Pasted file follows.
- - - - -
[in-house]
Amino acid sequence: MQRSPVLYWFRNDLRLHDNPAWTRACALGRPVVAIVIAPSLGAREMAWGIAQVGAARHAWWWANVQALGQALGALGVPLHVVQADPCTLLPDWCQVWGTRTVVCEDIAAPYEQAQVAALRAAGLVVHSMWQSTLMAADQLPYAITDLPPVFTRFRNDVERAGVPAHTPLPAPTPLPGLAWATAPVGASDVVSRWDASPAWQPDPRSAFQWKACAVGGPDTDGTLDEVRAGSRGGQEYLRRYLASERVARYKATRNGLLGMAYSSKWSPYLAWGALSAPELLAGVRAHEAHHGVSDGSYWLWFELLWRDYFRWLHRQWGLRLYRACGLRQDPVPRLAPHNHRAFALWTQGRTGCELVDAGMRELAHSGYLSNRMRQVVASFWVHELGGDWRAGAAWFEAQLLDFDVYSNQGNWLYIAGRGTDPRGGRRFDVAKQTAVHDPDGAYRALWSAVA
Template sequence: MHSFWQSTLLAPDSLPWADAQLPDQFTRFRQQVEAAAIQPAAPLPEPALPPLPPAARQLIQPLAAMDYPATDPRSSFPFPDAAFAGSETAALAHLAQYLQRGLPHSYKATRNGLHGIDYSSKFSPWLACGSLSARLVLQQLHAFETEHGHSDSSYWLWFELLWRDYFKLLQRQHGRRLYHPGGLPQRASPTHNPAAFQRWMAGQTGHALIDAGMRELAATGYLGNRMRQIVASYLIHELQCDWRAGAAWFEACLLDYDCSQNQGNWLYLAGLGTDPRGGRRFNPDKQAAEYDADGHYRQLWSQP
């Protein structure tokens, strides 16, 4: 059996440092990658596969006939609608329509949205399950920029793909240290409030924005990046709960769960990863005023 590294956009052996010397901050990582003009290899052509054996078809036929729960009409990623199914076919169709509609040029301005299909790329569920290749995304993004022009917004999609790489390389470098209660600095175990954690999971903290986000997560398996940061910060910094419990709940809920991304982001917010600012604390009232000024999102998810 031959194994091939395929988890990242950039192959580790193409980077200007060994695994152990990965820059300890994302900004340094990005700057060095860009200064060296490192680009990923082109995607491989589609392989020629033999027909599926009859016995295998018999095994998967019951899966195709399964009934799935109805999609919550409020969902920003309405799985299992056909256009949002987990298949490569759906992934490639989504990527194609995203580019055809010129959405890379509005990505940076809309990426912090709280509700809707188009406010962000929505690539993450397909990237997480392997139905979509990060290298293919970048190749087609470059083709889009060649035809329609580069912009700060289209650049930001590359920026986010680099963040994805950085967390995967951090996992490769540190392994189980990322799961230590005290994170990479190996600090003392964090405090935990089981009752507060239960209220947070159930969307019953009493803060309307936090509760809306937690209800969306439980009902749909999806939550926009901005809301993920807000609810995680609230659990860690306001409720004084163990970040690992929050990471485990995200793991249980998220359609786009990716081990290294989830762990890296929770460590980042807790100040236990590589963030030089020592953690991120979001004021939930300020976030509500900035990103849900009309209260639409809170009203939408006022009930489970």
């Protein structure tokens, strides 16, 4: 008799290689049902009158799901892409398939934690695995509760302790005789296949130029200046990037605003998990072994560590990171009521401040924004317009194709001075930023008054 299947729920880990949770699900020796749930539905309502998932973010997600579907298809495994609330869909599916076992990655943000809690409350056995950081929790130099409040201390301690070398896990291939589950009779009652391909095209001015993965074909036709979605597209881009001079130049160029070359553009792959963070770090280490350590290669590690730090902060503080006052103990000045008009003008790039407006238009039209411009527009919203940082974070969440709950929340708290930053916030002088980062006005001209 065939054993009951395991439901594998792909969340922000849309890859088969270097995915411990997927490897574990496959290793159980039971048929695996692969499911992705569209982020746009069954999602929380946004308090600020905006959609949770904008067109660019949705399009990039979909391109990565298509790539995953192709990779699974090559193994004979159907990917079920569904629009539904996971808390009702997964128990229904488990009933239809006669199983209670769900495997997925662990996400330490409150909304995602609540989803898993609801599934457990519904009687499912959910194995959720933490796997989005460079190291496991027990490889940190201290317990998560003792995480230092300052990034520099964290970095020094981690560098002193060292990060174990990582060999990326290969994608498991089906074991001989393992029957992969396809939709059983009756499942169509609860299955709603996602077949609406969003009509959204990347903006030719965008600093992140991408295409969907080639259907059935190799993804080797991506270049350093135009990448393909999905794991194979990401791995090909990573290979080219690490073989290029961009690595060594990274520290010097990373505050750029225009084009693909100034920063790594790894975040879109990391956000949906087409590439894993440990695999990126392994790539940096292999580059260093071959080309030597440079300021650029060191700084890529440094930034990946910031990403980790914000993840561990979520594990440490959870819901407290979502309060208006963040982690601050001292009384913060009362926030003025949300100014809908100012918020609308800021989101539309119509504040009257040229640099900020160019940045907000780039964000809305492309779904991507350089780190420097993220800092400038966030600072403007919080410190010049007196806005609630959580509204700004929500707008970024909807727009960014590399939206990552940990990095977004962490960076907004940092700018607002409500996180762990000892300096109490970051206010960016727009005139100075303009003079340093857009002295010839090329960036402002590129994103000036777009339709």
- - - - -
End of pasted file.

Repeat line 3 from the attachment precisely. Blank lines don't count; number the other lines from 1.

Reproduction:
Template sequence: MHSFWQSTLLAPDSLPWADAQLPDQFTRFRQQVEAAAIQPAAPLPEPALPPLPPAARQLIQPLAAMDYPATDPRSSFPFPDAAFAGSETAALAHLAQYLQRGLPHSYKATRNGLHGIDYSSKFSPWLACGSLSARLVLQQLHAFETEHGHSDSSYWLWFELLWRDYFKLLQRQHGRRLYHPGGLPQRASPTHNPAAFQRWMAGQTGHALIDAGMRELAATGYLGNRMRQIVASYLIHELQCDWRAGAAWFEACLLDYDCSQNQGNWLYLAGLGTDPRGGRRFNPDKQAAEYDADGHYRQLWSQP